When Stress Rules the Gut

Mar 13, 2024 | body

When Stress Rules the Gut: Happiness Through Gut Health

Everyone knows it: stress. Children, work, household chores – maybe it’s time to catch up with old friends or perhaps it would be better to visit the parents? The list of tasks to be done just keeps getting longer, and that little red number on your phone indicating how many messages you haven’t yet responded to also keeps rising. The last relaxing day? – It feels like a distant memory. It’s hard to even recall what that felt like. But how does this stress affect our mental health?

Stress as a Shaper of Our Emotions

When we are stressed, it affects our behavior – that’s something we all know. Work was exhausting, we come home, and suddenly even the breathing of our partner seems too loud. Our patience wears thin very quickly. But stress not only diminishes our patience rapidly, it also plays a significant role in depressive and anxious moods. One reason for this is our tiny inhabitants: the gut bacteria.

With chronic stress, the composition of our gut bacteria changes, and our intestinal wall becomes more permeable. This allows lipopolysaccharides (LPS), which normally sit on the outside of a bacterial cell, to enter our bloodstream. This, in turn, alerts our immune system, which starts its defense mechanisms, thereby causing an inflammatory response. An ongoing inflammation is associated, among other negative consequences, with depressive and anxious behaviors. Thus, stress ultimately leads to a change in our emotional world through a modification of our gut.

Dealing with Stress

One way to interrupt this negative chain reaction is to improve how we handle stress. Perhaps the situation sounds familiar: you feel overwhelmed by stress, struggling to keep your head above water, while your partner seems to manage their full schedule with ease and still finds time to exercise regularly.

The difference often lies in the fact that many people can’t effectively cope with stress. But the good news is: it can be learned! Mindfulness exercises are particularly well-suited for this purpose.

Mindfulness: An Anchor in Stressful Times

You might have noticed, it’s often not the activity you’re currently engaged in that directly causes stress. More frequently, it’s the thoughts of all the tasks that still need to be done that put us under pressure. As we accomplish one task, the list of pending tasks in our minds grows incessantly.

Mindfulness exercises aim to keep us in the here and now, preventing us from being swept away by a flood of thoughts. It’s not about suppressing these thoughts. Rather, it’s about not giving them the attention they need to drag you into the vortex of stress.

An excellent exercise to begin mindfulness training is the so-called body scan. This involves mindfully focusing your attention on each part of your body. You start by concentrating on the crown of your head, before moving your attention to your forehead, your eyebrows, the point between your eyebrows, and so on, all the way down to your little toe. If your mind wanders, don’t worry. You will find that this happens more often than you might expect, especially in the beginning. Just bring your attention back to the part of your body you last focused on. Over time, you’ll notice that when your thoughts drift off in everyday life, you’ll catch it faster and find it easier to bring them back to the present.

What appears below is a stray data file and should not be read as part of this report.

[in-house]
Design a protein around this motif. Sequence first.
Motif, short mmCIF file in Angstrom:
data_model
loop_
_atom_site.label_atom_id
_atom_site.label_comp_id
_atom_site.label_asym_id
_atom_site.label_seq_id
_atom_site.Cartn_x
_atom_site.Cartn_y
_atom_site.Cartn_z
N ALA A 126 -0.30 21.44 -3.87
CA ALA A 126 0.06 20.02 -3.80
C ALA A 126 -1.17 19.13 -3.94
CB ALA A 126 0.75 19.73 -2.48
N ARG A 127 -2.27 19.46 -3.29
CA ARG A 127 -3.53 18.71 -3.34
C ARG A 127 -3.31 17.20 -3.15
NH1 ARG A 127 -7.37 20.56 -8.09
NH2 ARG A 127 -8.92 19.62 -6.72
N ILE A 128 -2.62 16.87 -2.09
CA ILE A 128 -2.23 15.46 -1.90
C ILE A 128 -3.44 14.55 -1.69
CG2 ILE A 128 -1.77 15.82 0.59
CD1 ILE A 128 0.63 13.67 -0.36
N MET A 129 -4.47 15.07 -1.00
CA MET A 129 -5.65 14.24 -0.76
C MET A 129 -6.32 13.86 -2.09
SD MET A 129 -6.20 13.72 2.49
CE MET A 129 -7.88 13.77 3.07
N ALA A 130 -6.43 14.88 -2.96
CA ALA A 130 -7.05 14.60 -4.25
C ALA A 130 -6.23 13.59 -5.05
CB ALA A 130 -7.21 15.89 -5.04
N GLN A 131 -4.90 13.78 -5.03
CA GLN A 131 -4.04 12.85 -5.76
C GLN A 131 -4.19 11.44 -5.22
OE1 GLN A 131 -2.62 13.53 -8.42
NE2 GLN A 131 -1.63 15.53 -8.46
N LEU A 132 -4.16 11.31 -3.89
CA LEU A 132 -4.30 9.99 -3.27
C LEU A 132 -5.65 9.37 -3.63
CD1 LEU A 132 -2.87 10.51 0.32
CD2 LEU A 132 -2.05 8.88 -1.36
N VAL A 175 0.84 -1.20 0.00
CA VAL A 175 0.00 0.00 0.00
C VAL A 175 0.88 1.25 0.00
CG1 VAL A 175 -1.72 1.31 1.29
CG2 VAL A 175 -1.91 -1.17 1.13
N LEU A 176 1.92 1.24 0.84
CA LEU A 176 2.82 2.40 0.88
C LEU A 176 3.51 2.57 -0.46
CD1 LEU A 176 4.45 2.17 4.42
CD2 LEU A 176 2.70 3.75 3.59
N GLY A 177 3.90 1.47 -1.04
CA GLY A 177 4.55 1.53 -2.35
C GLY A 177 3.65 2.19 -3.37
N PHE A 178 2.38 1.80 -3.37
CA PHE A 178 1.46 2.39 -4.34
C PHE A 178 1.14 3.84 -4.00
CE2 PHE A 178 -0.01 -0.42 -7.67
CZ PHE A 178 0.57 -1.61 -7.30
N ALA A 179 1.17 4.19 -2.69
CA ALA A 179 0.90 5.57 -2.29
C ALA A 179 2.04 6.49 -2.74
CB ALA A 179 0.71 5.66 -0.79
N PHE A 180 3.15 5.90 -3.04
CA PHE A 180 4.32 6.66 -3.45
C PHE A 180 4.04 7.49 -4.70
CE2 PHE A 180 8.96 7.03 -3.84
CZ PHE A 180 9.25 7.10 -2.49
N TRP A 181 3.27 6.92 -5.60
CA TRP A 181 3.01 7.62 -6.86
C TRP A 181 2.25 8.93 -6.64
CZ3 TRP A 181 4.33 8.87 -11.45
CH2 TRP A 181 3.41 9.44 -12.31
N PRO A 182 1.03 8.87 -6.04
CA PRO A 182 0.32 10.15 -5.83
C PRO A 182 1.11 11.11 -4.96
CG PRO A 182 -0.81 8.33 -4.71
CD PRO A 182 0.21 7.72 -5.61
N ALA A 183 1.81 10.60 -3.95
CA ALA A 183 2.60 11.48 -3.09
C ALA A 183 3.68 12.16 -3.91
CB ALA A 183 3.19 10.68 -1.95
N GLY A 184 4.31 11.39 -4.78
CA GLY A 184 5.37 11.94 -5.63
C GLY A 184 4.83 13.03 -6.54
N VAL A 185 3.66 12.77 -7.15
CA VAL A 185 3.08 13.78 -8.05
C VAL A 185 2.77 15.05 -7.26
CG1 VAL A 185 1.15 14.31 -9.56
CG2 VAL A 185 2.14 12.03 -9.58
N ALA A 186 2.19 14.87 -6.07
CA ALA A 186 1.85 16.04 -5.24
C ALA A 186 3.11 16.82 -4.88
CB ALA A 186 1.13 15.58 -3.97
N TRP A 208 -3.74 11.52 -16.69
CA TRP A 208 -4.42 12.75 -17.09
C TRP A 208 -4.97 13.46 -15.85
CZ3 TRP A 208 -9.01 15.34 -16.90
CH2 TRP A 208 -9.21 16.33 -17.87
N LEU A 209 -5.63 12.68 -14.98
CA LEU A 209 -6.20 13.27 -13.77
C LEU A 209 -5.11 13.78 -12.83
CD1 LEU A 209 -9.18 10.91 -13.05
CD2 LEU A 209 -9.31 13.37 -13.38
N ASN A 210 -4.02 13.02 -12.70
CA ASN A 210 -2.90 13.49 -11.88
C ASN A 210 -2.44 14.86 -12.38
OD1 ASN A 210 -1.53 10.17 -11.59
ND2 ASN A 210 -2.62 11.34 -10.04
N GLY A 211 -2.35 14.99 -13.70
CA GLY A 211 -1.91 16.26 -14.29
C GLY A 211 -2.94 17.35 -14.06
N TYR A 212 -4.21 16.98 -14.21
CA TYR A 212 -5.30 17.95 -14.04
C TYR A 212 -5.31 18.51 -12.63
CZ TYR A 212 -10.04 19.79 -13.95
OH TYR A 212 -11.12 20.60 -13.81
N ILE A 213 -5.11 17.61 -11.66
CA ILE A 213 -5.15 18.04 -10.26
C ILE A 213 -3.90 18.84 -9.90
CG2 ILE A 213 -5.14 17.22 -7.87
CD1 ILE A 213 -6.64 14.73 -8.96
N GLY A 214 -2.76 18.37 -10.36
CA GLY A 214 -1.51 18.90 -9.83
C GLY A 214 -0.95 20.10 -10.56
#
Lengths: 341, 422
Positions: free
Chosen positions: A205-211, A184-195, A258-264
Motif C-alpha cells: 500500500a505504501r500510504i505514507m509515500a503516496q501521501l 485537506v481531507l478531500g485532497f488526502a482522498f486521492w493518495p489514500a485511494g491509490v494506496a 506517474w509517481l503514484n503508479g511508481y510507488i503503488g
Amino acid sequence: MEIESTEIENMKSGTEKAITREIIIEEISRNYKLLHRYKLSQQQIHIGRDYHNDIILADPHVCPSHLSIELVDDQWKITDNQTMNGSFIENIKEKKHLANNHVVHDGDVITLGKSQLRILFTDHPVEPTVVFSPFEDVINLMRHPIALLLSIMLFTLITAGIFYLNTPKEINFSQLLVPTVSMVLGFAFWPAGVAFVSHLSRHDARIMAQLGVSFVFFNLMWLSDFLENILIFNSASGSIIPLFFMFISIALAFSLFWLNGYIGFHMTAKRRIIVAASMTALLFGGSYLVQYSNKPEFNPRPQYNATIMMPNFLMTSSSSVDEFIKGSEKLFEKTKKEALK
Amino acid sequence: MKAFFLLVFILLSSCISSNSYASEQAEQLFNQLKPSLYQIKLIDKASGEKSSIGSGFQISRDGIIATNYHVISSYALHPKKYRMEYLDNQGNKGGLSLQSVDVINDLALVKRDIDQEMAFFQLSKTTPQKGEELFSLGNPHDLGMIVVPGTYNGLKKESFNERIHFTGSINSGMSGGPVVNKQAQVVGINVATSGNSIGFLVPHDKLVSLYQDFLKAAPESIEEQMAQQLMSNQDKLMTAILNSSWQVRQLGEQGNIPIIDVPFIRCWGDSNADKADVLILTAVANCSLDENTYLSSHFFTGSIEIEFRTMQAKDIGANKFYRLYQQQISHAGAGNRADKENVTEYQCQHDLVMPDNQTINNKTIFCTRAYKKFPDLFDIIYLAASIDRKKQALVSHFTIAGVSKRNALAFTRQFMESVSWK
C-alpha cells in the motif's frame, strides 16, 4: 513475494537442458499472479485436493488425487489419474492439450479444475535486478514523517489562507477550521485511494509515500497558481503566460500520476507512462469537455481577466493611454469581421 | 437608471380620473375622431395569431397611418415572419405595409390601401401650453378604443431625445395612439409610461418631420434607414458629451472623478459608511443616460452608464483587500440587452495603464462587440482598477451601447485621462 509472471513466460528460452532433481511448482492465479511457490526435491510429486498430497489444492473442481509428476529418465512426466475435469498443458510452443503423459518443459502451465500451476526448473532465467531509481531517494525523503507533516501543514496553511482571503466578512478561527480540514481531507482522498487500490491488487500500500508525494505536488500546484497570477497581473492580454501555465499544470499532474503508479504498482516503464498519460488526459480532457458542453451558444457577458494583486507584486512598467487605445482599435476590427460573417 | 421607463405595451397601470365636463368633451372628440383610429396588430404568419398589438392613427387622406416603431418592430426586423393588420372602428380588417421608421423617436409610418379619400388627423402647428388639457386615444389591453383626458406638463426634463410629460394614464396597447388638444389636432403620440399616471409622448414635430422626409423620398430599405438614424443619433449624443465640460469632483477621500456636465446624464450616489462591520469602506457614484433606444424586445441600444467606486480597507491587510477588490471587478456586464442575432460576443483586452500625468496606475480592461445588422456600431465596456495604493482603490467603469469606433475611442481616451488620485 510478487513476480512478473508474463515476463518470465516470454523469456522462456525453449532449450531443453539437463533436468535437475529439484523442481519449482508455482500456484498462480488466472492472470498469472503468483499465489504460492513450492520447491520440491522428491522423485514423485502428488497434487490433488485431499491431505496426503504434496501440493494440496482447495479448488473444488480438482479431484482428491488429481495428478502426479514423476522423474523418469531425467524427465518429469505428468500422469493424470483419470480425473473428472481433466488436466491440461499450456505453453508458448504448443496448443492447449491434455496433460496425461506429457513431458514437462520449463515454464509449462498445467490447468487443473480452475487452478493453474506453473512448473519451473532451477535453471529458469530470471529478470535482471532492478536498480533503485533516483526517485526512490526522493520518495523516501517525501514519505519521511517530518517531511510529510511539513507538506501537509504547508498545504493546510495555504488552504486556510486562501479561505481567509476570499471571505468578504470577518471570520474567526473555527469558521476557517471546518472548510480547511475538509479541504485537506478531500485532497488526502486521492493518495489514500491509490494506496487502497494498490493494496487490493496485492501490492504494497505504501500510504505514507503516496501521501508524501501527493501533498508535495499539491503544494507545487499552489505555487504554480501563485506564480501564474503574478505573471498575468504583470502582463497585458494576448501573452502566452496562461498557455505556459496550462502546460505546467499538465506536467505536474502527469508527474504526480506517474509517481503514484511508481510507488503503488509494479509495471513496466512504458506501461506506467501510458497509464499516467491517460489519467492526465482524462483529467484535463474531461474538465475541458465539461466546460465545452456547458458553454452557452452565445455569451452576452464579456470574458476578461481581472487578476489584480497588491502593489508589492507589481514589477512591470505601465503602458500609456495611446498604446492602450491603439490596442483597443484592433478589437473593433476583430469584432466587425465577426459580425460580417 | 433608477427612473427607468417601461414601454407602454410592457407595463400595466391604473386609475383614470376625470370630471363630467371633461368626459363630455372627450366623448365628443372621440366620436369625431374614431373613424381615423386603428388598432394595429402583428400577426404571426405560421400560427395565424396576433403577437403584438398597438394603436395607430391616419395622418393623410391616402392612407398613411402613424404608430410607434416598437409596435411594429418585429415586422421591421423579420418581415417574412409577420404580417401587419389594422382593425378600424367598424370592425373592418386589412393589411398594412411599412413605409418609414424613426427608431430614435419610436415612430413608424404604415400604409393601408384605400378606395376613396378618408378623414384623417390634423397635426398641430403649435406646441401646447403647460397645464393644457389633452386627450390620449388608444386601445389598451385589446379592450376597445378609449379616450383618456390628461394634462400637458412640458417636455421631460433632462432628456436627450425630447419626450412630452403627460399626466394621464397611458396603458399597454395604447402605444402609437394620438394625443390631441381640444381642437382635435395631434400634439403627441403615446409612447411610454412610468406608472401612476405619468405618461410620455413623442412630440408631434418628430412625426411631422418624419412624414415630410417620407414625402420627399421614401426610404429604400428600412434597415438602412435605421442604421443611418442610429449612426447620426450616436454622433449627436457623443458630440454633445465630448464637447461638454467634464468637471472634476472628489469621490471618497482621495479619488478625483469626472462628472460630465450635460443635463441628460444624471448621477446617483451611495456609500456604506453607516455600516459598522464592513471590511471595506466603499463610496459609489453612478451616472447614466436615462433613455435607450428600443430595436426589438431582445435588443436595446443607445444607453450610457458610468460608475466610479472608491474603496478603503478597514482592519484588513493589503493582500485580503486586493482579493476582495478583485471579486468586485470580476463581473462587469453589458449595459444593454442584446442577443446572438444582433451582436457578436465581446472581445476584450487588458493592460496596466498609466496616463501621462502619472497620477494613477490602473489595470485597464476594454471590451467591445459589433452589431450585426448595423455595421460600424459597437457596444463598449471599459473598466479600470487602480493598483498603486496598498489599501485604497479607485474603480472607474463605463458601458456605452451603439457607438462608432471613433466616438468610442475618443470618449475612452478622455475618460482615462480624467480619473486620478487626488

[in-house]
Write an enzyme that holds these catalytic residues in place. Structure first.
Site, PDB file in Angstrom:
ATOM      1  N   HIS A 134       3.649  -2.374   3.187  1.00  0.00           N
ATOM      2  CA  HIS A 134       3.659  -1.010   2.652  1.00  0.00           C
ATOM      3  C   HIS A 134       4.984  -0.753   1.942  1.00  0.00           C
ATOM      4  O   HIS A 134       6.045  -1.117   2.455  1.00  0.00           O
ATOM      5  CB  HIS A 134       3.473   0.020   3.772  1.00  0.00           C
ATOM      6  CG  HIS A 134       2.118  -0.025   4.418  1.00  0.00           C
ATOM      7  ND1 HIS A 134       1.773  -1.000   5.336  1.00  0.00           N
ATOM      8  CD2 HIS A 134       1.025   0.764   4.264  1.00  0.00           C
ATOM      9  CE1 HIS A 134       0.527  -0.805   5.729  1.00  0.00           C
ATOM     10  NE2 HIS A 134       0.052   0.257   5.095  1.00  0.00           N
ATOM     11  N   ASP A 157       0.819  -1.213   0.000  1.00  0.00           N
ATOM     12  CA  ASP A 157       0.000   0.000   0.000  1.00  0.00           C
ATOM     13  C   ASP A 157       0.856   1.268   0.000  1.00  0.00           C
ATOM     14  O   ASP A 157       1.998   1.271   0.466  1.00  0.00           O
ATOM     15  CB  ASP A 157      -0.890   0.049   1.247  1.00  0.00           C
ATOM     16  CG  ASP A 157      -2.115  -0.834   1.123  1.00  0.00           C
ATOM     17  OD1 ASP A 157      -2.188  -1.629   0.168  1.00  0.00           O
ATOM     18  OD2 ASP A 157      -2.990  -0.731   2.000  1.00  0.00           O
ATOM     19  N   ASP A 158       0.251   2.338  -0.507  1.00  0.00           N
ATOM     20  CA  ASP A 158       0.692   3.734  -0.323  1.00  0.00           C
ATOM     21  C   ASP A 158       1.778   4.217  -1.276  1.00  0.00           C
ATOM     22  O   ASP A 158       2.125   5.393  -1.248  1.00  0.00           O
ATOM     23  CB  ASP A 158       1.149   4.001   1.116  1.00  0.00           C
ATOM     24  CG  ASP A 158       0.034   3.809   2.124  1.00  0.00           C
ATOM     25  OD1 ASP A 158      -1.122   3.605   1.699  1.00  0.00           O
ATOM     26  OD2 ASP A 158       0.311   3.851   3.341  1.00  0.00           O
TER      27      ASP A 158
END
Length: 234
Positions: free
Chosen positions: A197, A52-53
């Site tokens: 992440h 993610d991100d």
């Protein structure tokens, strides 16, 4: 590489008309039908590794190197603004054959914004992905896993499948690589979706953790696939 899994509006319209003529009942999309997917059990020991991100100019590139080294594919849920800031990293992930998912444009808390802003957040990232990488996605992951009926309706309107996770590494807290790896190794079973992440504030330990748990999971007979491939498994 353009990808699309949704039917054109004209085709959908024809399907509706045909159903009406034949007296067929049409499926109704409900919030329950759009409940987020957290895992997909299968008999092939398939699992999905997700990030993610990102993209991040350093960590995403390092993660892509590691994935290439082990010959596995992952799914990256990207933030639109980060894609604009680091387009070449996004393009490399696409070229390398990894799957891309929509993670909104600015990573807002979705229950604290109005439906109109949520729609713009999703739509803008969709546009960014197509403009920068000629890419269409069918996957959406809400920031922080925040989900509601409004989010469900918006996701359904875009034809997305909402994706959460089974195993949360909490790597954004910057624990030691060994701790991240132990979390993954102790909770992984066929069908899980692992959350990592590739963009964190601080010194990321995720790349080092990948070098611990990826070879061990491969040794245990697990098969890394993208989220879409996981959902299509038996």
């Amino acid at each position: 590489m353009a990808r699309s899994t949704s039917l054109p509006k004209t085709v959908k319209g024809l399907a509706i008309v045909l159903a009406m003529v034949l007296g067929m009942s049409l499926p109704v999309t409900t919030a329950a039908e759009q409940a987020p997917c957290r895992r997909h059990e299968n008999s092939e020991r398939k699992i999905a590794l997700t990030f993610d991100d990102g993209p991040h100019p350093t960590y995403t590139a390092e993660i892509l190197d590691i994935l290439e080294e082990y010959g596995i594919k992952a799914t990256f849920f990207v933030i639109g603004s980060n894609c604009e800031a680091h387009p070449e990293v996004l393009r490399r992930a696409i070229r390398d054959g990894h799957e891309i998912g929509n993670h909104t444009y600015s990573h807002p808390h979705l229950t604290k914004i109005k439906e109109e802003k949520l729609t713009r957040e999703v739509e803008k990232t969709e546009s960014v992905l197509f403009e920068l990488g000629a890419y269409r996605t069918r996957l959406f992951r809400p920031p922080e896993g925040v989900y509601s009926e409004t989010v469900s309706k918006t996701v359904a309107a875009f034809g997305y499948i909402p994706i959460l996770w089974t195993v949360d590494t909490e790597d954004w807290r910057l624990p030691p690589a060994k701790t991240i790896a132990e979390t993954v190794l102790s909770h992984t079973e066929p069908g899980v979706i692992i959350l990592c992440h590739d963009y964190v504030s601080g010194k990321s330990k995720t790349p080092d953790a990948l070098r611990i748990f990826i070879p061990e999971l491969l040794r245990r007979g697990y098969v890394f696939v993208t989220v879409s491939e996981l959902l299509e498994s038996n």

Probiotics: Small Helpers Against Big Stress

Another strategy for protecting your body and mental well-being from the effects of chronic stress is to support your gut microbiome. One way to do this is to take probiotics – living microorganisms that, when consumed in adequate amounts, can have positive health effects. In particular, the intake of certain Lactobacilli, such as L. farciminis, L. rhamnosus and L. helveticus, has been shown in animal studies to reduce the increased permeability of the intestinal wall caused by chronic stress. Since a more permeable intestinal wall promotes inflammation, which is associated with depressive mood, strengthening the intestinal barrier can also help protect our emotional resilience. In particular, the consumption of L. farciminis in rats has shown the remarkable ability to not only strengthen the intestinal wall, but also to reduce stress responses in the body.

Managing Stress Through Gut Health and Mindfulness

Stress has numerous negative impacts on our health. Among other things, it promotes depressive mood by making the gut wall more permeable, thereby promoting inflammation, which in turn is associated with depressive and anxious behaviors. There are several approaches to breaking this negative cycle: On the one hand, starting mindfulness training can increase personal resilience to stress. On the other hand, supporting the gut microbiome through the intake of probiotics can help prevent inflammatory reactions. (LS)

Further reading:

Cryan JF, Dinan TG. Mind-altering microorganisms: the impact of the gut microbiota on brain and behaviour. Nat Rev Neurosci. 2012 Oct;13(10):701-12. doi: 10.1038/nrn3346.

Zareie M, Johnson-Henry K, Jury J, Yang PC, Ngan BY, McKay DM, Soderholm JD, Perdue MH, Sherman PM. Probiotics prevent bacterial translocation and improve intestinal barrier function in rats following chronic psychological stress. Gut. 2006 Nov;55(11):1553-60. doi: 10.1136/gut.2005.080739.

Ait-Belgnaoui A, Durand H, Cartier C, Chaumaz G, Eutamene H, Ferrier L, Houdeau E, Fioramonti J, Bueno L, Theodorou V. Prevention of gut leakiness by a probiotic treatment leads to attenuated HPA response to an acute psychological stress in rats. Psychoneuroendocrinology. 2012 Nov;37(11):1885-95. doi: 10.1016/j.psyneuen.2012.03.024.

Image middle section: Oleg Breslavtsev – stock.adobe.com

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